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Posts published in “Issue 4: December 2020”

Amplifying Voices: A Candid Conversation about Intersectionality

By Laura Gigliotti

On November 30th, the NYU Stern Women in Business (SWIB) Alumnae Group, in partnership with the Black & Latinx and LGBTQ+ Alumni Groups, hosted a virtual panel discussion about intersectionality. The panel was moderated by Tolu Odunsi, assistant dean for Diversity, Equity & Inclusion at the University at Buffalo School of Law, whose research and areas of interest include critical race theory. Panelists included Sabrina McCoy Griffin (BS 1980), senior consultant, Diversity & Inclusion, Jennifer Brown Consulting, Yesi Morillo Gual (NYU MS 2016) diversity & inclusion strategist, Proud To Be Latina and Yemaya, a recent graduate of Morehouse College and author of the forthcoming book, Resurgens: Becoming the Phoenix.…

Students give thanks to essential Stern staff

As our student body looks back on this year, and the myriad of challenges that the Stern community has overcome in the face of the COVID-19 pandemic, we wanted to acknowledge those who have done so much to keep us safe and healthy in the Stern building itself.  

Without the hard work and commitment of the Public Safety officers and the staff from Facilities & Construction Management and Collins Building Services, who worked tirelessly to adapt to new safety, technology, and cleaning protocols, we would not have been able to have in-person classes this semester. Thanks for checking our Daily Screeners, for keeping our classrooms clean and sanitized, and for ensuring that our in-building experiences were as high-quality as ever, even with the current COVID-19 precautions. You…

A Rapper and a Businessperson Walk Into a Bar: How Warren Buffett and Drake are on the Same Wavelength

Rappers catch a lot of flack. They’re misogynistic, violent, and [insert demeaning adjective masked in racial overtones here] … yeah, I said it!  But what we don’t hear often is how wise some rappers can be. If you take a moment to assess their lyrics, you’ll start to notice the commonalities between the second verse and second chapter of that business “how to” book you’ve been pretending to thoughtfully read on the subway.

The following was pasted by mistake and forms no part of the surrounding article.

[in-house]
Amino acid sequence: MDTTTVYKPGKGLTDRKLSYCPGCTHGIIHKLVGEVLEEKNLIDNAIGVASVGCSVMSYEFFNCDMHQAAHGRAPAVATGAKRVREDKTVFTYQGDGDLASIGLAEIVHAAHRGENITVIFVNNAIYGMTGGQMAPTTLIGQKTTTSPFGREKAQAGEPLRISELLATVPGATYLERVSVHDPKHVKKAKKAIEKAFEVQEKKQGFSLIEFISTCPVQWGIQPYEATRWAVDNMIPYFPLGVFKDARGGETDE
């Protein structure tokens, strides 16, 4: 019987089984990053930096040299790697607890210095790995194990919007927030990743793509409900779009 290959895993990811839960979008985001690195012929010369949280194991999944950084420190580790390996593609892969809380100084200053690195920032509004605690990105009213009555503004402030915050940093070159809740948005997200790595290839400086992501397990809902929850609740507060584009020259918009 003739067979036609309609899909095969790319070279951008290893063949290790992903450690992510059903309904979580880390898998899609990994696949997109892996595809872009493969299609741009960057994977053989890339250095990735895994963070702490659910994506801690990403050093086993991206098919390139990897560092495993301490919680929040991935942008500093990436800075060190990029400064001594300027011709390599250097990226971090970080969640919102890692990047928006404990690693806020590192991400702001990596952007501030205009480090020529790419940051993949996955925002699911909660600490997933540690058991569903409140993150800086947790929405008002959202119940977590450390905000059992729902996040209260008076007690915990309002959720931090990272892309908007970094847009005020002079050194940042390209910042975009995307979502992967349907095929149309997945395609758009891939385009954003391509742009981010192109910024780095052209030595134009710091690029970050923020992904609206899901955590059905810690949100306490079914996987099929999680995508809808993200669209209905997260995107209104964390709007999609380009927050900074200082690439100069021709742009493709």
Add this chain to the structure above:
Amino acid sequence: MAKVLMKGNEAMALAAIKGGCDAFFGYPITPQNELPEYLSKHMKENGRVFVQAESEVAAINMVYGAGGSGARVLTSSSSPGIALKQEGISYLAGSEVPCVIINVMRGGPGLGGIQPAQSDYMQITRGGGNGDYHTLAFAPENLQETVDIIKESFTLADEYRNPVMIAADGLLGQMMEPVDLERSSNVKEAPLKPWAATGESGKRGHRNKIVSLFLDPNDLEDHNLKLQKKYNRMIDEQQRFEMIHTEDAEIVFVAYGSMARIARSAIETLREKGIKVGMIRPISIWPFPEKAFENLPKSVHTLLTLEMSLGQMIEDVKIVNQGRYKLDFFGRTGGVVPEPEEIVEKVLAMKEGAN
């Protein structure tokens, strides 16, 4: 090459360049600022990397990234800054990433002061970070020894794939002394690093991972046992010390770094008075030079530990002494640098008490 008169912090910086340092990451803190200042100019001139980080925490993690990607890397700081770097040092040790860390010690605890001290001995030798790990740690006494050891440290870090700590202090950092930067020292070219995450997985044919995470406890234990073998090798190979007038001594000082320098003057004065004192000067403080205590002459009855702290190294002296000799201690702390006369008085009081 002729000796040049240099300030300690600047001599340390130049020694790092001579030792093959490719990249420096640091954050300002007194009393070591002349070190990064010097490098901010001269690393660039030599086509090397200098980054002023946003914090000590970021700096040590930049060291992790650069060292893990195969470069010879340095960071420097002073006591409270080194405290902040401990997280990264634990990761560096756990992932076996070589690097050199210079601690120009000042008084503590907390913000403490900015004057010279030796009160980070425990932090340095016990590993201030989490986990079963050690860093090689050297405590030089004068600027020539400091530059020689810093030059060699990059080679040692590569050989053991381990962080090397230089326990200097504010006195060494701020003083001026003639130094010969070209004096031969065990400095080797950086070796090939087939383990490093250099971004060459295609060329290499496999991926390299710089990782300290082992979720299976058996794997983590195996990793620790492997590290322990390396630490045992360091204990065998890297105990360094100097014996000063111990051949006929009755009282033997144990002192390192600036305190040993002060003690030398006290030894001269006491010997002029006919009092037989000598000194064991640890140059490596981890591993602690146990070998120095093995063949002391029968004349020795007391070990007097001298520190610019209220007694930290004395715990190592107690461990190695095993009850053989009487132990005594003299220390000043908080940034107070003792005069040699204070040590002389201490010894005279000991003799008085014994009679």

Don’t believe me and need a rich white guy to validate my thoughts? It’s cool, so do rappers. That’s my point.

If you’re still reading this, during finals no less, I’ve taken it upon myself to offer you something far greater than the elusive Stern A –– perspective (just breathe and take the guaranteed B).…

Tackling the lottery with numbers on your side

By: Ben Sellitto

Ben Sellitto is a second-year Langone student and employee at PricewaterhouseCoopers (PwC), where he has worked since 2016. Ben enjoys brewery hopping, eating anything that is fried, and ballin’ on a budget.

Course selection is always a stressful and daunting task, where Sternies decide how to invest thousands of dollars with a few clicks of a button. As an undergrad, each student at my school was pitted against one another for one random day of the semester, selecting courses at the exact same day and time – causing stress, anxiety, frustration – you name it. I appreciate Stern’s lottery system approach, giving each student ample time to conduct research and select courses without the added pressure of a real-time brawl.…

Give Back

The end of the year is a time of reflection. This year, especially, we have a lot to reflect on. At the risk of stating the obvious, here are some issues which come to mind: the ongoing effects of the pandemic, responding to social justice issues, the election, the health of our family and friends, job security. There’s also been a lot of loss. The loss of loved ones, of jobs, of our daily routine or of “life as we knew it.” I don’t want to be a total debbie downer, because there have been some bright spots such as outdoor restaurants and open streets and those magical couple of months when you could buy take-out cocktails everywhere and walk around with them (especially during the 7pm cheers for healthcare workers).…